If you're suffering from Olympic withdrawal, the next big Olympic news will come on July 31, 2015, when the IOC will choose from Krakow, Poland; Oslo, Norway; Almaty, Kazakhstan; Lviv, Ukraine; and Beijing, China as the host city for the 2022 Winter Games. Until then, read our December feature about Sochi to see which of our predictions came true—and start working on your tan for Rio.

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Dog owners in Naples, Italy, could be fined up to $650 for leaving "little presents" on the sidewalk.     Photo: bahadir-yeniceri/Thinkstock

Naples Plans to Eliminate Dog Poop

DNA tests determine dog and owner

Naples, Italy, has implemented a canine DNA testing program—but not to learn more about which breeds are most popular in the coastal city. Rather, Naples hopes to rid its sidewalks of dog poop.

The plan is for every dog in the city—an estimated 80,000—to be given a blood test, which will ultimately be added to a database of dogs and owners. If a sample collected on the street matches a dog in the database, the owner can face a fine of more than $650.

“I know some people find it funny that with all the problems the city has we would focus on dog poop. I know that,” Tomasso Sodano, the vice mayor of Naples, told the New York Times. But although the program hasn’t begun testing samples, public behavior is already starting to change.

Other cities have tried similar initiatives, including mailing poop back to the owners, publicly shaming owners, and even offering free Wi-Fi in exchange for plastic bags, according to the Times.

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The Fitbit Force.     Photo: Courtesy of Fitbit

The Rise of the Fitness Band

More than 17 million expected to ship in 2014

Wearable bands are seeing dramatic sales growth, according to a new report from industry researcher Canalys.

During the last six months of 2013, 1.6 million smart bands were shipped worldwide, and more than 17 million wearable bands are forecast to ship in 2014. Fitbit leads the market in basic wearable bands after launching the Flex and Force bands last year.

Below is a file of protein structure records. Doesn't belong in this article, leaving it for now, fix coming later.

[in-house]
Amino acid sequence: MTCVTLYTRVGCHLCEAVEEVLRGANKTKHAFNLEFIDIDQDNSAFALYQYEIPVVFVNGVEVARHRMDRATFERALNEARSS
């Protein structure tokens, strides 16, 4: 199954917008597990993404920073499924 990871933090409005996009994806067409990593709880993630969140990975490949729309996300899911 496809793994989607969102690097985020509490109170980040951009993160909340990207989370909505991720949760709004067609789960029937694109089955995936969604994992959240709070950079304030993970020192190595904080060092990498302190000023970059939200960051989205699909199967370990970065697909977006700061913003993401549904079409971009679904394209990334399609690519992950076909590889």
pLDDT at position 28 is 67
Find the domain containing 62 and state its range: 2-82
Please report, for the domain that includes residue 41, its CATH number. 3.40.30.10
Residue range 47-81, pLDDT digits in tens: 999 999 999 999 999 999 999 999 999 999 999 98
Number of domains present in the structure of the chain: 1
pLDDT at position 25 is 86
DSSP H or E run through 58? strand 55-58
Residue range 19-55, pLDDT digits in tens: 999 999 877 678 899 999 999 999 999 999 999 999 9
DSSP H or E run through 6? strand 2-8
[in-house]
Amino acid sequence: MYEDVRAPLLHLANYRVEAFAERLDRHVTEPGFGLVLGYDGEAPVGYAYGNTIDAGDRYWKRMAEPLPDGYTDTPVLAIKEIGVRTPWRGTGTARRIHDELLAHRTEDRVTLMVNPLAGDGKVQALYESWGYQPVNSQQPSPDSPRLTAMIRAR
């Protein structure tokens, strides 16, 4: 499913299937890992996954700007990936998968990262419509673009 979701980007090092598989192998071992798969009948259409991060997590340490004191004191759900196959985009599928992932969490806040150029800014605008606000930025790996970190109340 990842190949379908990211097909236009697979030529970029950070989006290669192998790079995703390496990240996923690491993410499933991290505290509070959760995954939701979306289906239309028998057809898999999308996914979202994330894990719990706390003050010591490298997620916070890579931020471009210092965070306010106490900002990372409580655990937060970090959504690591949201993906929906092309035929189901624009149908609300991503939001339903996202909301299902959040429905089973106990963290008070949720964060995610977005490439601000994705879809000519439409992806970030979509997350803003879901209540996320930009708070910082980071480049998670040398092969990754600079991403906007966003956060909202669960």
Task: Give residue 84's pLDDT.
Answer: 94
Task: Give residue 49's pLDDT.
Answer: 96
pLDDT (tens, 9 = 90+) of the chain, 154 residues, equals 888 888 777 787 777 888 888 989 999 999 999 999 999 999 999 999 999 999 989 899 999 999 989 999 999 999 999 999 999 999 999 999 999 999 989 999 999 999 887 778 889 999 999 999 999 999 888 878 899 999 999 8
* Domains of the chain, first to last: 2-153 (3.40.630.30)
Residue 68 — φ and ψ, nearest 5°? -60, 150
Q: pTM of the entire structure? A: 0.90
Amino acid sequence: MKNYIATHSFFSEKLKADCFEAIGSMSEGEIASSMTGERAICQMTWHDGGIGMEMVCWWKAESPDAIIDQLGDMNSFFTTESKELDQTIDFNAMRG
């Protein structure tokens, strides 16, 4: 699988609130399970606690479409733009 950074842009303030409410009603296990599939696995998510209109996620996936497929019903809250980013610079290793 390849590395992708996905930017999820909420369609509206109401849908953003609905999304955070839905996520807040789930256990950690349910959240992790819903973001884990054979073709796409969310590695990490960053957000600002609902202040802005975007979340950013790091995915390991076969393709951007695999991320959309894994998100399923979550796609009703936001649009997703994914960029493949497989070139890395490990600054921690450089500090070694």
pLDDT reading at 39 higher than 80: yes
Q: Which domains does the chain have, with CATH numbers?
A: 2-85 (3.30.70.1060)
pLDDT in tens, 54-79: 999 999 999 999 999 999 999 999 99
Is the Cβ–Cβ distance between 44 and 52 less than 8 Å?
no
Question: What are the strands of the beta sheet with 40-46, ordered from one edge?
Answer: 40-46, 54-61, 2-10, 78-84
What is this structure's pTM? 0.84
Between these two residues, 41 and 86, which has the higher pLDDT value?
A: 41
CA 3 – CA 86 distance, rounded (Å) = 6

Samsung dominates the smart wearable band category with its Galaxy Gear smart watch. Canalays forecasts that this technology will only gain popularity in the next five years, growing to 45 million units shipped by 2017.

"The wearable band market is really about the consumerization of health," analyst Daniel Matte says in the report. "There will be exciting innovations that disrupt the medical industry this year, and with the increased awareness about personal well-being they will bring to users, having a computer on your wrist will become increasingly common."

Companies such as Sony, China-based Huawei, and Apple are expected to enter the fitness band world in the immediate future. Sony unveiled its Core fitness tracker and SmartBand accessory at CES last month and expects to release the device globally next month. Rumors are also circulating that Apple will make a big push into the market with the next version of iOS, with the upcoming iWatch in mind. This wearable device could be capable of tracking blood pressure, hydration, heart rate, and steps, according to 9to5Mac.com.

Yet, despite their increasing popularity, fitness bands aren't for everyone. Some customers using Fitbit Force have compained that the device causes a skin rash. The company has issued a recall and halted the sale of its Force wristband on Friday.

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    Photo: Twitter.com

Nude Ocean Swim Draws Hundreds

At the second annual Sydney Skinny

Nearly 1,000 naked people plunged into Sydney Harbour National Park on Sunday for the Sydney Skinny, the world's premier—and largest—nude ocean swim, the New Zealand Herald reports.

All of this hullabaloo is meant to promote "greater self-acceptance" and a positive body image. The ticketed event, which allows participants to choose between 300-meter or 900-meter swims, also raises money for Australia's National Parks and Wildlife Projects.

Creator Nigel Marsh told PerthNow.com that the Sydney Skinny is a chance to “be utterly authentic and stick two fingers up at all those ludicrous, airbrushed images of bodily perfection in the magazines.”